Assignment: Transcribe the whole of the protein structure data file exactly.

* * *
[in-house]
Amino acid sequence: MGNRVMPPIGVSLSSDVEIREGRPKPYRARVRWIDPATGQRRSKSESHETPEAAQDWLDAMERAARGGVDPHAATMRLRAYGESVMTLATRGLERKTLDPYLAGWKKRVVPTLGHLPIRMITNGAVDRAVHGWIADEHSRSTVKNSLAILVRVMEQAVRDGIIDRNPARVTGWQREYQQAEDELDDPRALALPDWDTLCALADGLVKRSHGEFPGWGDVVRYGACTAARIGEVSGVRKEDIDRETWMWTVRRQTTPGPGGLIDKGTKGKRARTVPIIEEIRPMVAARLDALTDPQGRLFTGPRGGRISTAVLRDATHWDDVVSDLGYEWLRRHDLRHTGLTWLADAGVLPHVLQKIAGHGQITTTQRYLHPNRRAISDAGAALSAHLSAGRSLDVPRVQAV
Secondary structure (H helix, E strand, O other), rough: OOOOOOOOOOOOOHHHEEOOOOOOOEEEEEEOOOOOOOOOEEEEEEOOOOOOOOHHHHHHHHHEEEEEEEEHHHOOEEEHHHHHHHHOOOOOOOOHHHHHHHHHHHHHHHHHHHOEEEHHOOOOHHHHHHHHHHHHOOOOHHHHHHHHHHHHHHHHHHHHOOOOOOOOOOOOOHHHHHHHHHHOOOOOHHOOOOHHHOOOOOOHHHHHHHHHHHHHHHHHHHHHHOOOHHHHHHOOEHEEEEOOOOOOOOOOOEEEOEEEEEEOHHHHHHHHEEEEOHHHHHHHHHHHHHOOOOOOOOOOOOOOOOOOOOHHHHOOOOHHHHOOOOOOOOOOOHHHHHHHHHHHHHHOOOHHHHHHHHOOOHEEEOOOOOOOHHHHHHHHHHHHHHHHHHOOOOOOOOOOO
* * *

[in-house]
Amino acid sequence: MGNRVMPPIGVSLSSDVEIREGRPKPYRARVRWIDPATGQRRSKSESHETPEAAQDWLDAMERAARGGVDPHAATMRLRAYGESVMTLATRGLERKTLDPYLAGWKKRVVPTLGHLPIRMITNGAVDRAVHGWIADEHSRSTVKNSLAILVRVMEQAVRDGIIDRNPARVTGWQREYQQAEDELDDPRALALPDWDTLCALADGLVKRSHGEFPGWGDVVRYGACTAARIGEVSGVRKEDIDRETWMWTVRRQTTPGPGGLIDKGTKGKRARTVPIIEEIRPMVAARLDALTDPQGRLFTGPRGGRISTAVLRDATHWDDVVSDLGYEWLRRHDLRHTGLTWLADAGVLPHVLQKIAGHGQITTTQRYLHPNRRAISDAGAALSAHLSAGRSLDVPRVQAV
Secondary structure (H helix, E strand, O other), rough: OOOOOOOOOOOOOHHHEEOOOOOOOEEEEEEOOOOOOOOOEEEEEEOOOOOOOOHHHHHHHHHEEEEEEEEHHHOOEEEHHHHHHHHOOOOOOOOHHHHHHHHHHHHHHHHHHHOEEEHHOOOOHHHHHHHHHHHHOOOOHHHHHHHHHHHHHHHHHHHHOOOOOOOOOOOOOHHHHHHHHHHOOOOOHHOOOOHHHOOOOOOHHHHHHHHHHHHHHHHHHHHHHOOOHHHHHHOOEHEEEEOOOOOOOOOOOEEEOEEEEEEOHHHHHHHHEEEEOHHHHHHHHHHHHHOOOOOOOOOOOOOOOOOOOOHHHHOOOOHHHHOOOOOOOOOOOHHHHHHHHHHHHHHOOOHHHHHHHHOOOHEEEOOOOOOOHHHHHHHHHHHHHHHHHHOOOOOOOOOOO